I was wondering if it is possible to specify a shock in dynare that has a truncated normal distribution?
Say, a normal distribution with \mu and \sigma but the shock only takes positive value?
I.e., \epsilon = |X| where X \in N(\mu,\sigma)
Hi, We only have the normal distribution when we simulate models. Obviously you can apply a non linear function on the exogenous variables (in the model block) that truncates the realizations… But doing perturbation (with
stoch_simul command) you would loose the restrictions implied by this function. It would only work with the extended path approach (
extended_path command) which does not rely on local approximations. An alternative is to directly use one of the internal routines used by
simult_.m which allows to simulate the model with an arbitrary sequence of shocks. Note however that the reduced form solution of the model is computed under the assumption that the exogenous variables are zero mean (which is not the case with a truncated Gaussian).
Thank you for your reply. Just trying to see if I got it correct:
- Truncation by function does not help because the perturbation performs locally
- simult_.m can perform such a task, but the decision rules of the simulation are derived as if the shocks were not truncated.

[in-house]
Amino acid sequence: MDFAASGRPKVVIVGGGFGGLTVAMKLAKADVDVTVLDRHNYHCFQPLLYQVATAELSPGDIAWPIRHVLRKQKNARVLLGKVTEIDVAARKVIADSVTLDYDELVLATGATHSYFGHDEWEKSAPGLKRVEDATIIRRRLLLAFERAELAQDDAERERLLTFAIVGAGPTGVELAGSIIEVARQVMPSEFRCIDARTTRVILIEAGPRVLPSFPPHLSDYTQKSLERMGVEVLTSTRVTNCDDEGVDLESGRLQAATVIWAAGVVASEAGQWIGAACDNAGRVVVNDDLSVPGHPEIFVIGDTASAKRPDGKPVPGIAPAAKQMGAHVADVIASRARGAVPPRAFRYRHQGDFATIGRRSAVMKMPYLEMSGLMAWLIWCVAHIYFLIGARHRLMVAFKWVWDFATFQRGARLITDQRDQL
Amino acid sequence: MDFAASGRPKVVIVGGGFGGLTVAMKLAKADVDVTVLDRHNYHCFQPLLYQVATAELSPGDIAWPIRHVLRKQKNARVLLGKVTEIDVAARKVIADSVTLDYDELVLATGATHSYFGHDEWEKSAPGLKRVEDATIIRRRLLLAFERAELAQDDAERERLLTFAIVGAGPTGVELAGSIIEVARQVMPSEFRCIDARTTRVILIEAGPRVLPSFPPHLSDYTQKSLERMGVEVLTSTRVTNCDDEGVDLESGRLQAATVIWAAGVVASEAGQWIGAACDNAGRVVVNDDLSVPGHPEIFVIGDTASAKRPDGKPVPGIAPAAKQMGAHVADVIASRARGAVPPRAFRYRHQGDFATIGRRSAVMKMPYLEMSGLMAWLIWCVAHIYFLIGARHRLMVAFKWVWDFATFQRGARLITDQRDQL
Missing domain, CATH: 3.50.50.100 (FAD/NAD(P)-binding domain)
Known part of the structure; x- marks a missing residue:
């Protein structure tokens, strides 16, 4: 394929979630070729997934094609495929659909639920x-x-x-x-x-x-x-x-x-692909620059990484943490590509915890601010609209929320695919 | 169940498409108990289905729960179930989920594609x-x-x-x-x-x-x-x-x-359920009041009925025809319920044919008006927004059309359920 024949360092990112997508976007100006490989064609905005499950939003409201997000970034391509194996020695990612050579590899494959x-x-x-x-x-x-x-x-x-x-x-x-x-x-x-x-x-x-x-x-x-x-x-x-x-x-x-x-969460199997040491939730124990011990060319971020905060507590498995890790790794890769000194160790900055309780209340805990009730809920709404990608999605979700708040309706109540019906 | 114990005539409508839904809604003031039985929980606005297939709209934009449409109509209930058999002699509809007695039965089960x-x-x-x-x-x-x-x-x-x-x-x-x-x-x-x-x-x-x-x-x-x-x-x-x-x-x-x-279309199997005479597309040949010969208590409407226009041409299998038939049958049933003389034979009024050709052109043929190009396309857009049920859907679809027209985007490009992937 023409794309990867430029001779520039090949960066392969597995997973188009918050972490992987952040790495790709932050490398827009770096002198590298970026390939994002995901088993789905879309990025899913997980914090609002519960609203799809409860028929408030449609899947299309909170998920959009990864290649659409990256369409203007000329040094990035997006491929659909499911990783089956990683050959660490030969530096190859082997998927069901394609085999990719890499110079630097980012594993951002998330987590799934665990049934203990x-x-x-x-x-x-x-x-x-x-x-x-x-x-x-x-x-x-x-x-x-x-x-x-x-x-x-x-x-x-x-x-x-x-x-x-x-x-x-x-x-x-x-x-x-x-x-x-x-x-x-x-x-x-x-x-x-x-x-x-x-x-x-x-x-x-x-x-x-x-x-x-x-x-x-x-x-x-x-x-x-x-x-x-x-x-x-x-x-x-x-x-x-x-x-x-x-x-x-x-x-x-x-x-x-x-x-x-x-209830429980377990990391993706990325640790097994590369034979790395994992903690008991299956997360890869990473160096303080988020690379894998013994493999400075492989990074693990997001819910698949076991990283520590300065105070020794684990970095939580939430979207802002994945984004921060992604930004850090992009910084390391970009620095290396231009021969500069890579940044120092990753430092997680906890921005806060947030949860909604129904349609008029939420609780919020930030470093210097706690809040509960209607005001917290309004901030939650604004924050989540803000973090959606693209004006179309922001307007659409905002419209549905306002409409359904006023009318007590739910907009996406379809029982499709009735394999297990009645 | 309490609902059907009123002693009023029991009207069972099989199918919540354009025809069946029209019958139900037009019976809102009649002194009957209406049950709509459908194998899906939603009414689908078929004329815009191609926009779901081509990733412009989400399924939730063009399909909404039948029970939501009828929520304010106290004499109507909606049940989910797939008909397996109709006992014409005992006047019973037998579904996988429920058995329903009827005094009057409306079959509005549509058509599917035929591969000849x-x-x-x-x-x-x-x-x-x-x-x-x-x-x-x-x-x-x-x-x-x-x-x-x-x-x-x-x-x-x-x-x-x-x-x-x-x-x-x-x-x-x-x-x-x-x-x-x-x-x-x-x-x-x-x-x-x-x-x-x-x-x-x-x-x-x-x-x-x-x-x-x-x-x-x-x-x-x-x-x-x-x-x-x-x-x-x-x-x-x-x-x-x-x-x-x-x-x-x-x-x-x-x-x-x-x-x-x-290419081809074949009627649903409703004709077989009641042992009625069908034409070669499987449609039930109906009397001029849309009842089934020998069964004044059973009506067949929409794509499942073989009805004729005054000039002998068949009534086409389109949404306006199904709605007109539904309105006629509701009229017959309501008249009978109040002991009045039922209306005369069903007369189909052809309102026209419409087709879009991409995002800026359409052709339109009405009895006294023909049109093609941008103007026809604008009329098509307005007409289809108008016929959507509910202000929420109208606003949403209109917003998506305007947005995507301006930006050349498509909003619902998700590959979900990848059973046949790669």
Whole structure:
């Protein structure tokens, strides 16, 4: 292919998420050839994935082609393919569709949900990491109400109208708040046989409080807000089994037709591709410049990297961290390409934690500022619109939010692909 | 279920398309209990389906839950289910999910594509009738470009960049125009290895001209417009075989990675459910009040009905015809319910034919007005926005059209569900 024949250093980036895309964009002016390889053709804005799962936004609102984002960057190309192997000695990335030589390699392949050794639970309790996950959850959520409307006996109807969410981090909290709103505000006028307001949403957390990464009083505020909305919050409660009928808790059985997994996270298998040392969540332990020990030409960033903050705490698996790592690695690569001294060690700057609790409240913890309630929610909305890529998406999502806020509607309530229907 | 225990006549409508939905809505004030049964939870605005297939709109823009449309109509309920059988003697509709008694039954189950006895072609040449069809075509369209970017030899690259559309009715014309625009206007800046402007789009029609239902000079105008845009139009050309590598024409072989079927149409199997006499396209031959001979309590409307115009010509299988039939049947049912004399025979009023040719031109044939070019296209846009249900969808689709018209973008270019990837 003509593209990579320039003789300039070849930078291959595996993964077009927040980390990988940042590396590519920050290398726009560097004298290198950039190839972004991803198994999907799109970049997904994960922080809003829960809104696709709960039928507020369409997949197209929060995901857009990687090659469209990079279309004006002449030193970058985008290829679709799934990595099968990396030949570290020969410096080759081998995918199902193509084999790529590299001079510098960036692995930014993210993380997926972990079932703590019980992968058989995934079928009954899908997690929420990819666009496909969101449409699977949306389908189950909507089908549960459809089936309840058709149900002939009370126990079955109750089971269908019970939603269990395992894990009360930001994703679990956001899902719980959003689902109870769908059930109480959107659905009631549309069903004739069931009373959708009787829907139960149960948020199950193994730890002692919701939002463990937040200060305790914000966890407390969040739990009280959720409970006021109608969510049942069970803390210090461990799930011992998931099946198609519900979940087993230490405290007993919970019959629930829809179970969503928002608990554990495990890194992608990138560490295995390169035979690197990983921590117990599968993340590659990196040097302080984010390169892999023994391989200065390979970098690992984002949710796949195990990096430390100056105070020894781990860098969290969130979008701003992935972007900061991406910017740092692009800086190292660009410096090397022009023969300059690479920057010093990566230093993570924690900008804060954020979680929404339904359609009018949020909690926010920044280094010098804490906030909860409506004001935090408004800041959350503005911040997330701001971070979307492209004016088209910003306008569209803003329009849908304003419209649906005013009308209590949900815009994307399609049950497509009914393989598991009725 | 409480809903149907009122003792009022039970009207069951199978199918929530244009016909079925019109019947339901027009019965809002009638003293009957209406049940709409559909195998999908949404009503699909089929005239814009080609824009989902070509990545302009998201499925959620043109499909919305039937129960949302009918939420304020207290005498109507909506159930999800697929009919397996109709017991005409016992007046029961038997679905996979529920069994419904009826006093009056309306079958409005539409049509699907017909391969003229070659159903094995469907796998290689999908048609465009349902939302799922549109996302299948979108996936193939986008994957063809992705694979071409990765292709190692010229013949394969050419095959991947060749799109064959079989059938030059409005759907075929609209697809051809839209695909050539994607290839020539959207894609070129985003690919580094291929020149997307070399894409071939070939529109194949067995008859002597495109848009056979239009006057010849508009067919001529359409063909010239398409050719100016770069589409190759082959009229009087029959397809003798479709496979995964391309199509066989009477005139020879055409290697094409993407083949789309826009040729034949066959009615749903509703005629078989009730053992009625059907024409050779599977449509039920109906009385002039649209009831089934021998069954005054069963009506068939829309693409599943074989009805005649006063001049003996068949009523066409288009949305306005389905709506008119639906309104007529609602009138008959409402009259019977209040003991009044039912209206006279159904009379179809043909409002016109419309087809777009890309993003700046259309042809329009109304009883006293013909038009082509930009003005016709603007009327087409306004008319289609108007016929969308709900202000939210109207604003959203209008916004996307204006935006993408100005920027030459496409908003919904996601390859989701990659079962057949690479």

So the only hope is extended_path?Thanks!
But note that the problem is only when the mean is non zero. After all, you might have a truncated distribution with zero mean… The problem with the non zero mean, is that it will shift the mean of the endogenous variables (or at least some of them), so if you linearise around the deterministic steady state (computed by dynare under the assumption that the expectations of the exogenous variables are zero) you are approximating the model around the wrong point (and this will most likely affect the reduced form parameters). A possible workaround would be to provide the steady state in a
steady_state block, with the
nocheck option so that dynare does not check that the steady state you provide is correct (obviously there is a risk here), artificially adding constants for the non zero mean shocks. Dynare would then compute the correct reduced form, that could be used with the
Let me add that @stepan-a’s point is only valid at first order. At second order where certainty equivalence does not hold anymore you would additionally rely on wrong distributional assumptions to compute the uncertainty correction.
Also Drawing from non-normal distributions(uniform)in simulation is potentially relevant.